I am almost three times as old as the average age of my students this year.
I remember rotary phones, VHS, Walkmans, leaded gasoline, and the release of the first Star Wars movie.
I remember the peace treaty between Egypt and Israel, the fall of the Berlin Wall, the end of the Soviet Union, Columbine, and 9/11.
This year’s graduating class did not experience those things firsthand. They will have their own life-defining moments – like now. Never in my career as a teacher have I experienced what is happening with the current pandemic and its effects on schools. I sincerely hope it never happens again.
But I want to say as a teacher of seniors and as a parent of a senior that I have never had as much faith in a graduating class as I have this one.
No. I am not awarding the Class of 2020 with some kind of title or moniker or designation. I am simply saying that I see in them aspects that I have not encountered before in a group of students who have had to deal with circumstances beyond control and seen them begin to proactively do something about it.
I have not come across a group of seniors who is as excited at the opportunity to vote in elections this year and want to make their voices heard. I have not come across a group of students who have performed as much service work as they have. And this class is having to confront the very realities of what is important in life at an age where they can learn from it and then do something about it with others in mind.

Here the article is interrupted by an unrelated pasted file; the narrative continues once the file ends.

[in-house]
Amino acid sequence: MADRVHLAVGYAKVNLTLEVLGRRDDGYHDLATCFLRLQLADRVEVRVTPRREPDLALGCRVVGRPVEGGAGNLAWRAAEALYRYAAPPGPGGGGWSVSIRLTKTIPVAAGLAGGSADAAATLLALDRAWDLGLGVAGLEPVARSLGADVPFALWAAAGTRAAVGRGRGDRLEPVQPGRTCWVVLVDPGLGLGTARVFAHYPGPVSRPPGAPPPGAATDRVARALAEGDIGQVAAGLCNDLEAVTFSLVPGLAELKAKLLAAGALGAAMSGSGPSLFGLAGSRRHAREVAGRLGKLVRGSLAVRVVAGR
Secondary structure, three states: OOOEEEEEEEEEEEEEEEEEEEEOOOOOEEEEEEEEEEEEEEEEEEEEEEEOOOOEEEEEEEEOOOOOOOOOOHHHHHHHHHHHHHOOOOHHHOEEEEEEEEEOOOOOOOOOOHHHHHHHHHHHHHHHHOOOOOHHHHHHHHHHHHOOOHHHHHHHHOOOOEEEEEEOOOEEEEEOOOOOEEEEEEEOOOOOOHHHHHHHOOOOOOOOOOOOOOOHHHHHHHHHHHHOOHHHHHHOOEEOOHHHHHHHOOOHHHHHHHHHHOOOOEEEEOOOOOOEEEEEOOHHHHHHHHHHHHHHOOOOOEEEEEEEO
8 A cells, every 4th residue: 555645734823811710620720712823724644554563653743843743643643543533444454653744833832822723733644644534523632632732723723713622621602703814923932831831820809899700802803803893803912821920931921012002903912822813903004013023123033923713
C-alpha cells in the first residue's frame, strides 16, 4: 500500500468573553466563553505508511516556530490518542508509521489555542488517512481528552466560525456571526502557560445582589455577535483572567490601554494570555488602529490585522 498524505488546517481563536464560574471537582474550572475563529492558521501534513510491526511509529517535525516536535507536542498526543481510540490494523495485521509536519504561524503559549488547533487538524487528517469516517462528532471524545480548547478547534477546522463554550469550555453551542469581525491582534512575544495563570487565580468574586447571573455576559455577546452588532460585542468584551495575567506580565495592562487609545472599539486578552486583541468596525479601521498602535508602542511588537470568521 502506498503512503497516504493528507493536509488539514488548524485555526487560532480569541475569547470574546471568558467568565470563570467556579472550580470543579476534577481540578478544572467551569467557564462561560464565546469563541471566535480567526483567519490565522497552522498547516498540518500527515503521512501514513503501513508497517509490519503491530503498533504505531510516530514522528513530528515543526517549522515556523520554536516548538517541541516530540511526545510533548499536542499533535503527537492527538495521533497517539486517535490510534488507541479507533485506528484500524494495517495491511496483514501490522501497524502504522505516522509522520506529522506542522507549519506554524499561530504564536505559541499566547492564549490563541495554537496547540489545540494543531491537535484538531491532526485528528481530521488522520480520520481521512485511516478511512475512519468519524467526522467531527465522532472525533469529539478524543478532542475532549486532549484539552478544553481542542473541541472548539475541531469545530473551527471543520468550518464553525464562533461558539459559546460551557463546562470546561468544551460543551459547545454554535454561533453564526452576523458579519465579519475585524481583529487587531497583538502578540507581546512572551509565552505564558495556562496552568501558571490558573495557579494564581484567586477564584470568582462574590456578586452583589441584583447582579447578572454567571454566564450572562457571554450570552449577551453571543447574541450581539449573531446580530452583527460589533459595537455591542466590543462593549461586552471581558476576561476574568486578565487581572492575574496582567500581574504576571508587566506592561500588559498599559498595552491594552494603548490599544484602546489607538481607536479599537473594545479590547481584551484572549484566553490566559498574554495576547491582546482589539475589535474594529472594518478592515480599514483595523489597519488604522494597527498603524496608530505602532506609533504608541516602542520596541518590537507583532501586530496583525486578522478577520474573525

This group thinks about the environment, health care, student debt, socioeconomics, poverty, societal dynamics, and politics in such a more open and active way.
And they are not afraid to talk to others and put actions behind words.
I tell most everyone who asks me, “What is the most difficult part of your job?” that it is the adults and never the students. Adults can get set in their ways and appeal so much to tradition and how things were done “in their day” that they forget that many things in the world change and that there exists so many other points of view and perspectives.
I hope there is a stage for each graduating senior to walk across in the near future. I would like the opportunity to watch my own daughter get a diploma right after I get to call her name as one of the teachers who gets to announce graduates.
But considering what circumstances are like now and the world we had already given them, I don’t hope that this graduating class can thrive and make a positive impact for others.
I already know they will.
2 thoughts on “This Teacher Has So Much Faith In The Class Of 2020”
I agree-also a high school teacher and mother of a senior. I have had the privilege to teach many in her class in kindergarten, 6th, 8th, and 9th grades, all along the way knowing they were special. I was so looking forward to not only watching my daughter walk across the stage but so many others. Their day will come and they will find joy and positivity in whatever graduation ceremony they have. They don’t dwell on the problem; they assess and respond and move forward. Our neighborhood seniors (from various schools) have talked about a community ceremony with a stage the neighborhood builds and family seating boxes 6ft apart. Problem. Assess. Respond. Celebrate. Class of 2020.
Congratulations and thanks Good one!
Amy Bridges “If you have a garden and a library, you have everything you need.” Marcus Tullius Cicero
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